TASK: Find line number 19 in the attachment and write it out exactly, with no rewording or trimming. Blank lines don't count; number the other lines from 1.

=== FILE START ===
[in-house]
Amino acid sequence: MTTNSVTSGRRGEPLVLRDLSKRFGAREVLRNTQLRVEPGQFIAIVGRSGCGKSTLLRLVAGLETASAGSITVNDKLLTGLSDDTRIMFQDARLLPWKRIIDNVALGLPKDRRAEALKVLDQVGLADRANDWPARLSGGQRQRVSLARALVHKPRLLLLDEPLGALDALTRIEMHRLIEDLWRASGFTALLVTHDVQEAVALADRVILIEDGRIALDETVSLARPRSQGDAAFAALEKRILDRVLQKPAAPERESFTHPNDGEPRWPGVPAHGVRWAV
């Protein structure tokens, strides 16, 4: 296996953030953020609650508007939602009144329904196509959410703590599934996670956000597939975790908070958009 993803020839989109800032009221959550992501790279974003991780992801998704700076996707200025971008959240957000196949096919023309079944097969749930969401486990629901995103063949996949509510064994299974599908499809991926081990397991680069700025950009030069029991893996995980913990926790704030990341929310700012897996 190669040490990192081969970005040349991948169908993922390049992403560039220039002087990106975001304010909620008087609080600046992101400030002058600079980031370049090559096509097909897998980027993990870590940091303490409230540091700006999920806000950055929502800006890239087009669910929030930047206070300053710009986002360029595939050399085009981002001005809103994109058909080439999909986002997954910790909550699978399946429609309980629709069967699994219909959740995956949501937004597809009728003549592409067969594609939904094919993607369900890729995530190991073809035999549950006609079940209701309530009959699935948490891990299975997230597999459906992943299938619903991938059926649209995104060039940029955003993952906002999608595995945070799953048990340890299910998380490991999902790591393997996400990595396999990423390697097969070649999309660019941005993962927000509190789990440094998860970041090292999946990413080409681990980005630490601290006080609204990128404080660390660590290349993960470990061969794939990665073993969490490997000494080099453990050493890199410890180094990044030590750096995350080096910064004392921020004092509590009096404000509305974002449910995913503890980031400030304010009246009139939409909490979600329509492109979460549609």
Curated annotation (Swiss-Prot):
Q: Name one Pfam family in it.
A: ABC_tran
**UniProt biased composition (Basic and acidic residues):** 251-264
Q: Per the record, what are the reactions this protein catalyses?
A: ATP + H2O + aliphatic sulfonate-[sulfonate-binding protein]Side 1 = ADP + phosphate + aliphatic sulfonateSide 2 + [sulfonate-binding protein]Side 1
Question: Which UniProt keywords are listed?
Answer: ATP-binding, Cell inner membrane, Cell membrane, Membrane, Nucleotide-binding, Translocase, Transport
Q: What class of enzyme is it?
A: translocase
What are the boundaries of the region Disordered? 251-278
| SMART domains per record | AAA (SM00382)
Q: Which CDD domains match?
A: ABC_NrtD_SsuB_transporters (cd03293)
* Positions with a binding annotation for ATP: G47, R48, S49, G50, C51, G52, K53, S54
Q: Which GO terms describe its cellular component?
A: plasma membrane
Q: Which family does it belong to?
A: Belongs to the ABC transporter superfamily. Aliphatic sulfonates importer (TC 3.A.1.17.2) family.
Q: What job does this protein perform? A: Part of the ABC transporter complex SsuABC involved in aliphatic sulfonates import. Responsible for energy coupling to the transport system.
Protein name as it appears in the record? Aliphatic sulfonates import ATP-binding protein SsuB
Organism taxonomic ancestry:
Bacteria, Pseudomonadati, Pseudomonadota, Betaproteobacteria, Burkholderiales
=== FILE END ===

Q: Which GO terms describe its cellular component?